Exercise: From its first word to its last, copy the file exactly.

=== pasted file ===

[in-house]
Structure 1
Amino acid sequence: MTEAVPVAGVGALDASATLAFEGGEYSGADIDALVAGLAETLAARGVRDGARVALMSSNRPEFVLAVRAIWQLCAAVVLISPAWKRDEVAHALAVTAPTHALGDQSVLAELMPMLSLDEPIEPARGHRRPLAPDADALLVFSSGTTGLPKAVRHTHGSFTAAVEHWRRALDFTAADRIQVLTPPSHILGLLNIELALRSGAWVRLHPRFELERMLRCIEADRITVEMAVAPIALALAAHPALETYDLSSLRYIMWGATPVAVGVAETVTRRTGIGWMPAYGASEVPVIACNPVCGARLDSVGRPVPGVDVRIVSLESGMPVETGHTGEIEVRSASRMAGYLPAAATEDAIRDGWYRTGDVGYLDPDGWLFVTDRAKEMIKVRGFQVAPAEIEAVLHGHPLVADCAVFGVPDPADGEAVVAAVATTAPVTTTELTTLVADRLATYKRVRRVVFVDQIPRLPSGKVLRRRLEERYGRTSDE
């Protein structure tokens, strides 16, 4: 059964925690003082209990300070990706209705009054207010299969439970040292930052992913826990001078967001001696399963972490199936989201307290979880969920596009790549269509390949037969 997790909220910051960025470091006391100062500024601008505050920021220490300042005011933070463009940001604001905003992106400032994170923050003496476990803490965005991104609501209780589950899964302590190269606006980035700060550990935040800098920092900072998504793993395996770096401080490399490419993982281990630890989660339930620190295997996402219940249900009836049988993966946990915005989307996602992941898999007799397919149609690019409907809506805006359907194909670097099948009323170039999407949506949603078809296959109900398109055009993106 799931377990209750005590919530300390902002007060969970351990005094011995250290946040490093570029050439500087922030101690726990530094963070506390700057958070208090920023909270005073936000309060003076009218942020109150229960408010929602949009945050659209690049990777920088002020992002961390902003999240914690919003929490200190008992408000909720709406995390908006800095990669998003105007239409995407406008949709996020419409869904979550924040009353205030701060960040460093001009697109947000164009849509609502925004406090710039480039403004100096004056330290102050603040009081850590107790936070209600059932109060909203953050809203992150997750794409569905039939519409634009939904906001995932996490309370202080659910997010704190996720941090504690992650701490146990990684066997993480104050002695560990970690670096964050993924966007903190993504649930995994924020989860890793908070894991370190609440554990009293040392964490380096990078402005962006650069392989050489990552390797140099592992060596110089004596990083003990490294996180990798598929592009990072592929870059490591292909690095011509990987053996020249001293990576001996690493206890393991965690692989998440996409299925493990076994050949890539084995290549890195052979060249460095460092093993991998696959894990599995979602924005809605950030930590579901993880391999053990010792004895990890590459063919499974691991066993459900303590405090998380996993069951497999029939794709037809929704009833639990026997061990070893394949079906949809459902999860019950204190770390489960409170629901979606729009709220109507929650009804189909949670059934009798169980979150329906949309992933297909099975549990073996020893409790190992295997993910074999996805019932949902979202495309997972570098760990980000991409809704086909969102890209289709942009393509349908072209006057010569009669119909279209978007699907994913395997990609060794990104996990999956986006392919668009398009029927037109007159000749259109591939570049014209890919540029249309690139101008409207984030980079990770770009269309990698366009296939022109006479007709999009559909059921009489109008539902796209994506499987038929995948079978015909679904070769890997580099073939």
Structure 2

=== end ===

[in-house]
Structure 1
Amino acid sequence: MTEAVPVAGVGALDASATLAFEGGEYSGADIDALVAGLAETLAARGVRDGARVALMSSNRPEFVLAVRAIWQLCAAVVLISPAWKRDEVAHALAVTAPTHALGDQSVLAELMPMLSLDEPIEPARGHRRPLAPDADALLVFSSGTTGLPKAVRHTHGSFTAAVEHWRRALDFTAADRIQVLTPPSHILGLLNIELALRSGAWVRLHPRFELERMLRCIEADRITVEMAVAPIALALAAHPALETYDLSSLRYIMWGATPVAVGVAETVTRRTGIGWMPAYGASEVPVIACNPVCGARLDSVGRPVPGVDVRIVSLESGMPVETGHTGEIEVRSASRMAGYLPAAATEDAIRDGWYRTGDVGYLDPDGWLFVTDRAKEMIKVRGFQVAPAEIEAVLHGHPLVADCAVFGVPDPADGEAVVAAVATTAPVTTTELTTLVADRLATYKRVRRVVFVDQIPRLPSGKVLRRRLEERYGRTSDE
């Protein structure tokens, strides 16, 4: 059964925690003082209990300070990706209705009054207010299969439970040292930052992913826990001078967001001696399963972490199936989201307290979880969920596009790549269509390949037969 997790909220910051960025470091006391100062500024601008505050920021220490300042005011933070463009940001604001905003992106400032994170923050003496476990803490965005991104609501209780589950899964302590190269606006980035700060550990935040800098920092900072998504793993395996770096401080490399490419993982281990630890989660339930620190295997996402219940249900009836049988993966946990915005989307996602992941898999007799397919149609690019409907809506805006359907194909670097099948009323170039999407949506949603078809296959109900398109055009993106 799931377990209750005590919530300390902002007060969970351990005094011995250290946040490093570029050439500087922030101690726990530094963070506390700057958070208090920023909270005073936000309060003076009218942020109150229960408010929602949009945050659209690049990777920088002020992002961390902003999240914690919003929490200190008992408000909720709406995390908006800095990669998003105007239409995407406008949709996020419409869904979550924040009353205030701060960040460093001009697109947000164009849509609502925004406090710039480039403004100096004056330290102050603040009081850590107790936070209600059932109060909203953050809203992150997750794409569905039939519409634009939904906001995932996490309370202080659910997010704190996720941090504690992650701490146990990684066997993480104050002695560990970690670096964050993924966007903190993504649930995994924020989860890793908070894991370190609440554990009293040392964490380096990078402005962006650069392989050489990552390797140099592992060596110089004596990083003990490294996180990798598929592009990072592929870059490591292909690095011509990987053996020249001293990576001996690493206890393991965690692989998440996409299925493990076994050949890539084995290549890195052979060249460095460092093993991998696959894990599995979602924005809605950030930590579901993880391999053990010792004895990890590459063919499974691991066993459900303590405090998380996993069951497999029939794709037809929704009833639990026997061990070893394949079906949809459902999860019950204190770390489960409170629901979606729009709220109507929650009804189909949670059934009798169980979150329906949309992933297909099975549990073996020893409790190992295997993910074999996805019932949902979202495309997972570098760990980000991409809704086909969102890209289709942009393509349908072209006057010569009669119909279209978007699907994913395997990609060794990104996990999956986006392919668009398009029927037109007159000749259109591939570049014209890919540029249309690139101008409207984030980079990770770009269309990698366009296939022109006479007709999009559909059921009489109008539902796209994506499987038929995948079978015909679904070769890997580099073939």
Structure 2